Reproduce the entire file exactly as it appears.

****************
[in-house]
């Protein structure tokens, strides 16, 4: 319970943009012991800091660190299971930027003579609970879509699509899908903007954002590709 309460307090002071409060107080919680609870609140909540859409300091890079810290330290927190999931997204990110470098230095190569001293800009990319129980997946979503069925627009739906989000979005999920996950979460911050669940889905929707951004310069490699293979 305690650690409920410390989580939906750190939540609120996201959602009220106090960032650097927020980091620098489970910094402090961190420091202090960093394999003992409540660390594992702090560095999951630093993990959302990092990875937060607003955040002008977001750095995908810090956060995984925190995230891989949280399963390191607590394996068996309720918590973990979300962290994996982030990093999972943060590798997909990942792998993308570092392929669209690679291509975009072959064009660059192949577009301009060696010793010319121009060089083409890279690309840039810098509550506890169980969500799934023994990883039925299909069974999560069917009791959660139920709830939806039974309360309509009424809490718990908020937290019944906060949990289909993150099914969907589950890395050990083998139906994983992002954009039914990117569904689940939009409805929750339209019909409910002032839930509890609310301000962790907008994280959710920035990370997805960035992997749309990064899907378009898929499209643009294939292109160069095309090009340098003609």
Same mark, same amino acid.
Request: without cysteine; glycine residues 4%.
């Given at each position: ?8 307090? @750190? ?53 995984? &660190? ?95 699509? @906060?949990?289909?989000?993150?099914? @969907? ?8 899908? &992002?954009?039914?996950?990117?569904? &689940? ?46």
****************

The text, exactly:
[in-house]
């Protein structure tokens, strides 16, 4: 319970943009012991800091660190299971930027003579609970879509699509899908903007954002590709 309460307090002071409060107080919680609870609140909540859409300091890079810290330290927190999931997204990110470098230095190569001293800009990319129980997946979503069925627009739906989000979005999920996950979460911050669940889905929707951004310069490699293979 305690650690409920410390989580939906750190939540609120996201959602009220106090960032650097927020980091620098489970910094402090961190420091202090960093394999003992409540660390594992702090560095999951630093993990959302990092990875937060607003955040002008977001750095995908810090956060995984925190995230891989949280399963390191607590394996068996309720918590973990979300962290994996982030990093999972943060590798997909990942792998993308570092392929669209690679291509975009072959064009660059192949577009301009060696010793010319121009060089083409890279690309840039810098509550506890169980969500799934023994990883039925299909069974999560069917009791959660139920709830939806039974309360309509009424809490718990908020937290019944906060949990289909993150099914969907589950890395050990083998139906994983992002954009039914990117569904689940939009409805929750339209019909409910002032839930509890609310301000962790907008994280959710920035990370997805960035992997749309990064899907378009898929499209643009294939292109160069095309090009340098003609």
Same mark, same amino acid.
Request: without cysteine; glycine residues 4%.
């Given at each position: ?8 307090? @750190? ?53 995984? &660190? ?95 699509? @906060?949990?289909?989000?993150?099914? @969907? ?8 899908? &992002?954009?039914?996950?990117?569904? &689940? ?46």